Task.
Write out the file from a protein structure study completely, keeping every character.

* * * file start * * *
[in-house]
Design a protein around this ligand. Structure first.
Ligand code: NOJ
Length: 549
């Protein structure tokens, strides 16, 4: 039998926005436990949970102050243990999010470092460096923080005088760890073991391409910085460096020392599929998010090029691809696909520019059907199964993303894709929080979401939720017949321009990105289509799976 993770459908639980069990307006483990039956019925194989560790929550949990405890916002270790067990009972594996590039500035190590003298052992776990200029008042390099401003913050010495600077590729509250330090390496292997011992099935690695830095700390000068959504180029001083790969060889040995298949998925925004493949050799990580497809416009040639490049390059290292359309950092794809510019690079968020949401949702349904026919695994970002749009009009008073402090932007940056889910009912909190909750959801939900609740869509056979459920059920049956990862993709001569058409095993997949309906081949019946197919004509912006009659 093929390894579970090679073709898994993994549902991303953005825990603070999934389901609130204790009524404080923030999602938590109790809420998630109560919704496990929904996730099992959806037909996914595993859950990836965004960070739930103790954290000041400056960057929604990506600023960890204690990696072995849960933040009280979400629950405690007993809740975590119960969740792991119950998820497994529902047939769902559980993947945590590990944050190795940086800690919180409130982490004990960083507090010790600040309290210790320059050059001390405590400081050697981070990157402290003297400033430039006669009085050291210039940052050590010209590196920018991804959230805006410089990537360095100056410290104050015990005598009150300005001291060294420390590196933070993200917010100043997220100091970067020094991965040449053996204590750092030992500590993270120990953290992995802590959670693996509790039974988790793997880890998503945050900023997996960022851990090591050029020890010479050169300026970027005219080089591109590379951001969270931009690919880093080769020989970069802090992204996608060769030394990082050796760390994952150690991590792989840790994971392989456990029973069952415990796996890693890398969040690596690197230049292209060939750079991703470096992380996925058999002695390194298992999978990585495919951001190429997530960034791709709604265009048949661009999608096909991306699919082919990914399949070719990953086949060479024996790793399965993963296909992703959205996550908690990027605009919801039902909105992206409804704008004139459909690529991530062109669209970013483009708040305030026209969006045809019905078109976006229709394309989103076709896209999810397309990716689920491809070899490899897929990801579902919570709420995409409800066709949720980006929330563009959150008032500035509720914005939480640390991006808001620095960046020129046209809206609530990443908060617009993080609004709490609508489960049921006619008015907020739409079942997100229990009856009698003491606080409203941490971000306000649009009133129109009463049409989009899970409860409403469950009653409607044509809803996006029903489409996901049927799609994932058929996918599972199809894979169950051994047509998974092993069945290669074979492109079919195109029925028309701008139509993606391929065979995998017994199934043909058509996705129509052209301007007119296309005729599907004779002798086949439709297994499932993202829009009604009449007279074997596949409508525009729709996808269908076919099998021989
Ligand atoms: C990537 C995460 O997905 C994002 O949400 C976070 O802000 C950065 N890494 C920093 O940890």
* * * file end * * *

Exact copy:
[in-house]
Design a protein around this ligand. Structure first.
Ligand code: NOJ
Length: 549
């Protein structure tokens, strides 16, 4: 039998926005436990949970102050243990999010470092460096923080005088760890073991391409910085460096020392599929998010090029691809696909520019059907199964993303894709929080979401939720017949321009990105289509799976 993770459908639980069990307006483990039956019925194989560790929550949990405890916002270790067990009972594996590039500035190590003298052992776990200029008042390099401003913050010495600077590729509250330090390496292997011992099935690695830095700390000068959504180029001083790969060889040995298949998925925004493949050799990580497809416009040639490049390059290292359309950092794809510019690079968020949401949702349904026919695994970002749009009009008073402090932007940056889910009912909190909750959801939900609740869509056979459920059920049956990862993709001569058409095993997949309906081949019946197919004509912006009659 093929390894579970090679073709898994993994549902991303953005825990603070999934389901609130204790009524404080923030999602938590109790809420998630109560919704496990929904996730099992959806037909996914595993859950990836965004960070739930103790954290000041400056960057929604990506600023960890204690990696072995849960933040009280979400629950405690007993809740975590119960969740792991119950998820497994529902047939769902559980993947945590590990944050190795940086800690919180409130982490004990960083507090010790600040309290210790320059050059001390405590400081050697981070990157402290003297400033430039006669009085050291210039940052050590010209590196920018991804959230805006410089990537360095100056410290104050015990005598009150300005001291060294420390590196933070993200917010100043997220100091970067020094991965040449053996204590750092030992500590993270120990953290992995802590959670693996509790039974988790793997880890998503945050900023997996960022851990090591050029020890010479050169300026970027005219080089591109590379951001969270931009690919880093080769020989970069802090992204996608060769030394990082050796760390994952150690991590792989840790994971392989456990029973069952415990796996890693890398969040690596690197230049292209060939750079991703470096992380996925058999002695390194298992999978990585495919951001190429997530960034791709709604265009048949661009999608096909991306699919082919990914399949070719990953086949060479024996790793399965993963296909992703959205996550908690990027605009919801039902909105992206409804704008004139459909690529991530062109669209970013483009708040305030026209969006045809019905078109976006229709394309989103076709896209999810397309990716689920491809070899490899897929990801579902919570709420995409409800066709949720980006929330563009959150008032500035509720914005939480640390991006808001620095960046020129046209809206609530990443908060617009993080609004709490609508489960049921006619008015907020739409079942997100229990009856009698003491606080409203941490971000306000649009009133129109009463049409989009899970409860409403469950009653409607044509809803996006029903489409996901049927799609994932058929996918599972199809894979169950051994047509998974092993069945290669074979492109079919195109029925028309701008139509993606391929065979995998017994199934043909058509996705129509052209301007007119296309005729599907004779002798086949439709297994499932993202829009009604009449007279074997596949409508525009729709996808269908076919099998021989
Ligand atoms: C990537 C995460 O997905 C994002 O949400 C976070 O802000 C950065 N890494 C920093 O940890």